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I went back and forth between smiling at what was happening and occasionally getting upset. Sometimes Simon just does the complete wrong thing and I just wanted to say nooooooooooo. But that’s part of what being a teenager is about. As this plays out over a few months, including the Christmas holidays, Albertalli gives us such full, dynamic characters that you feel the weight of the events on Simon, which is also helped by the use of first person/present tense. In the last forty five minutes, I smiled and cried because of the perfect ending that played out before my ears.
I suspect I'll listen to it again, and I might pick up the physical book as well because this story deserves to be savored and enjoyed
13 of 14 people found this review helpful
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I might be too old for this cheesy-perfect-ending kind of books or maybe I am just too grumpy to see the reliability of such a story and plot. Being too moralistic, I find so “wrong” the idea of encouraging people to meet or establish a relationship over the internet or even applications. Opening yourself to such “adventures” is hoping too much for humanity, and we should not have so much hope. I also find a bit “annoying” the whole happy-ending of the “tortuous” situation that Simon put himself through, and when I say “annoying” I meant more like predictable. The new kind of fairy tale of happy ever after ending.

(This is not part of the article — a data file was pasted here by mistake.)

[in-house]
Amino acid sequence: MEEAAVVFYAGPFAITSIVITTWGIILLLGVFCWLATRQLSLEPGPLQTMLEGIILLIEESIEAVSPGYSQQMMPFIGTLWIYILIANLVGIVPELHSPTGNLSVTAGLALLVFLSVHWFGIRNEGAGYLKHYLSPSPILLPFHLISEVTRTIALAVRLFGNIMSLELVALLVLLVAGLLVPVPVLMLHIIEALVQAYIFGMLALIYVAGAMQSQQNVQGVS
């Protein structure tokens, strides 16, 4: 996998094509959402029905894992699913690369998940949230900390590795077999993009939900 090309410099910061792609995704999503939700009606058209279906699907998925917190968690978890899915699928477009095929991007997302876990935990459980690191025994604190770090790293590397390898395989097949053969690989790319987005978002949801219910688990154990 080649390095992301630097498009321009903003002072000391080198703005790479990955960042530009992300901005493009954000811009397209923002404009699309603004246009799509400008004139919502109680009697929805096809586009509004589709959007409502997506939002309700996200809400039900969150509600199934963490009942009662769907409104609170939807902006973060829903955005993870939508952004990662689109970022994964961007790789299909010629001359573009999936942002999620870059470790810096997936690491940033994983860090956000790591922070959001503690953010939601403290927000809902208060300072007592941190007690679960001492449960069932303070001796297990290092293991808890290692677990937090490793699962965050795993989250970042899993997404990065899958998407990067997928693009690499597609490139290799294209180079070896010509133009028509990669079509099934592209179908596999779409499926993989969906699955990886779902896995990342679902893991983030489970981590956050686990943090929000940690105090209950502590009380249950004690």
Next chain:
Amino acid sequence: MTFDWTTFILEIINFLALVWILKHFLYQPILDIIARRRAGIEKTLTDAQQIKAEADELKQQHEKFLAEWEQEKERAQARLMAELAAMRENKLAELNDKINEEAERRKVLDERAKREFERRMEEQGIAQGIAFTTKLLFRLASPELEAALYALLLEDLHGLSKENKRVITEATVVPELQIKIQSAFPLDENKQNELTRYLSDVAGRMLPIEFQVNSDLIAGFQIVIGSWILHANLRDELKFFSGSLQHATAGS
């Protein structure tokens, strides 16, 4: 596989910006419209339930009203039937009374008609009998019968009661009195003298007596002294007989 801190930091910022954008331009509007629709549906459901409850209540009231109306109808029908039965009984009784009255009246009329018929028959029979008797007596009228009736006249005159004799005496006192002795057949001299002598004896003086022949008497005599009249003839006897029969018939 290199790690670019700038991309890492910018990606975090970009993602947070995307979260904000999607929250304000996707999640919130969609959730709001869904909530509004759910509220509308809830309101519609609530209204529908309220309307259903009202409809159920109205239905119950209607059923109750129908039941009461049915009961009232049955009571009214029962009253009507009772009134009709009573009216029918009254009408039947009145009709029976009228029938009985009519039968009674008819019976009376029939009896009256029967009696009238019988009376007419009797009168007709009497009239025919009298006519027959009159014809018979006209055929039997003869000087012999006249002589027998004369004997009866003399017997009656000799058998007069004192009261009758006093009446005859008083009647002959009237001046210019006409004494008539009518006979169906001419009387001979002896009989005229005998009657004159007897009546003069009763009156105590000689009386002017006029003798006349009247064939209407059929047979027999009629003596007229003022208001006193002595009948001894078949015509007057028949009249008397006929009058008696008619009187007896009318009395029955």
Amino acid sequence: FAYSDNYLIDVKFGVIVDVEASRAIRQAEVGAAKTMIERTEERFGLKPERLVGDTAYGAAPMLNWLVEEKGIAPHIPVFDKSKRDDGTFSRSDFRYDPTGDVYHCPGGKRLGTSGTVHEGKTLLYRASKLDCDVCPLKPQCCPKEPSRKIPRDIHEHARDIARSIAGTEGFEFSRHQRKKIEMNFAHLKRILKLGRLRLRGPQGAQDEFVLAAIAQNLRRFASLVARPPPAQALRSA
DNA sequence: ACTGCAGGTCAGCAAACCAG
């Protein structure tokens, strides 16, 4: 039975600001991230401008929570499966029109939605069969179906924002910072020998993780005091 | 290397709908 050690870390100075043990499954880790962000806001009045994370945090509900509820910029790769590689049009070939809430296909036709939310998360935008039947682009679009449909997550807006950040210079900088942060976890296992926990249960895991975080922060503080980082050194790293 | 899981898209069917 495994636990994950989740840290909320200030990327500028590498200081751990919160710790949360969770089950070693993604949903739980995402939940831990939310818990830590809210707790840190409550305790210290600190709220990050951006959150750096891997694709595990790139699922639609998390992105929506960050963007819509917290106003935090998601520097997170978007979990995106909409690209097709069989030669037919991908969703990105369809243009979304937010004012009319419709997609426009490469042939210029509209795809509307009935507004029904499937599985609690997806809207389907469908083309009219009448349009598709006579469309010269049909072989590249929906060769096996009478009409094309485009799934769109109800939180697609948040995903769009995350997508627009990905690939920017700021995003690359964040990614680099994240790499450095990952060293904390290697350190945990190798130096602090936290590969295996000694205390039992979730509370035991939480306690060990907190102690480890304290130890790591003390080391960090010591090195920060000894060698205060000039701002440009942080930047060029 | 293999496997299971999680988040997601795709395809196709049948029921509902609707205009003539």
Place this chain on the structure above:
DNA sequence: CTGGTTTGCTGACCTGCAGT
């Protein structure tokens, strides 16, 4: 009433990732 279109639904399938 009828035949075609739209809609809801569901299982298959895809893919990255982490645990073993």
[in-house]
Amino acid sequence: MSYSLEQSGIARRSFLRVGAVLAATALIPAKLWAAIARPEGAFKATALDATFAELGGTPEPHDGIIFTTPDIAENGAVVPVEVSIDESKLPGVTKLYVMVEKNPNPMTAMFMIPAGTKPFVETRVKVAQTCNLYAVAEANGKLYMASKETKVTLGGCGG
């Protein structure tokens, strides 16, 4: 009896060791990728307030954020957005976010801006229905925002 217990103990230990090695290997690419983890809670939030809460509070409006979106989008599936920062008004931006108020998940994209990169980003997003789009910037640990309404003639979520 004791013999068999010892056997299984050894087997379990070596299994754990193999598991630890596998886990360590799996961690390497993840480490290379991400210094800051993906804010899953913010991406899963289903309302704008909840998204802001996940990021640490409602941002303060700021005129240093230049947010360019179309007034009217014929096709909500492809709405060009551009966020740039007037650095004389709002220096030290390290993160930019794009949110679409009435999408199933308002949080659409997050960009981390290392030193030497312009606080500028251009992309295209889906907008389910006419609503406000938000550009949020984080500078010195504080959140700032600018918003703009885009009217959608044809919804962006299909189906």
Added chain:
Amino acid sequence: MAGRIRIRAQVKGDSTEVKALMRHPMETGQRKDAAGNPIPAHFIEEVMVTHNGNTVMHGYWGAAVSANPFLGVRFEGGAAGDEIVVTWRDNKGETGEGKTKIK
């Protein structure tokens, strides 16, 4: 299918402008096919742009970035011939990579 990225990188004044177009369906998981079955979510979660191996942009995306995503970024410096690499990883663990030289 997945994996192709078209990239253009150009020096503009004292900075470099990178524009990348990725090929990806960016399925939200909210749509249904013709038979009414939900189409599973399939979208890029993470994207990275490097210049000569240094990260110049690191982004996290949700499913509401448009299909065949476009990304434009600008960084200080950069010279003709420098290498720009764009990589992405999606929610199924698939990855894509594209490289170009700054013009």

I am sure that teenagers curse a lot, but Simon has the mouth of a sailor. All the try-hard necessity of pushing cultural references of Harry Potter and Adventure Times… It is like trying too much to be cool and to reach that specific audience. The fact that he got “mad” at someone for not knowing what a Dementor is… it is ridiculous.
4 of 4 people found this review helpful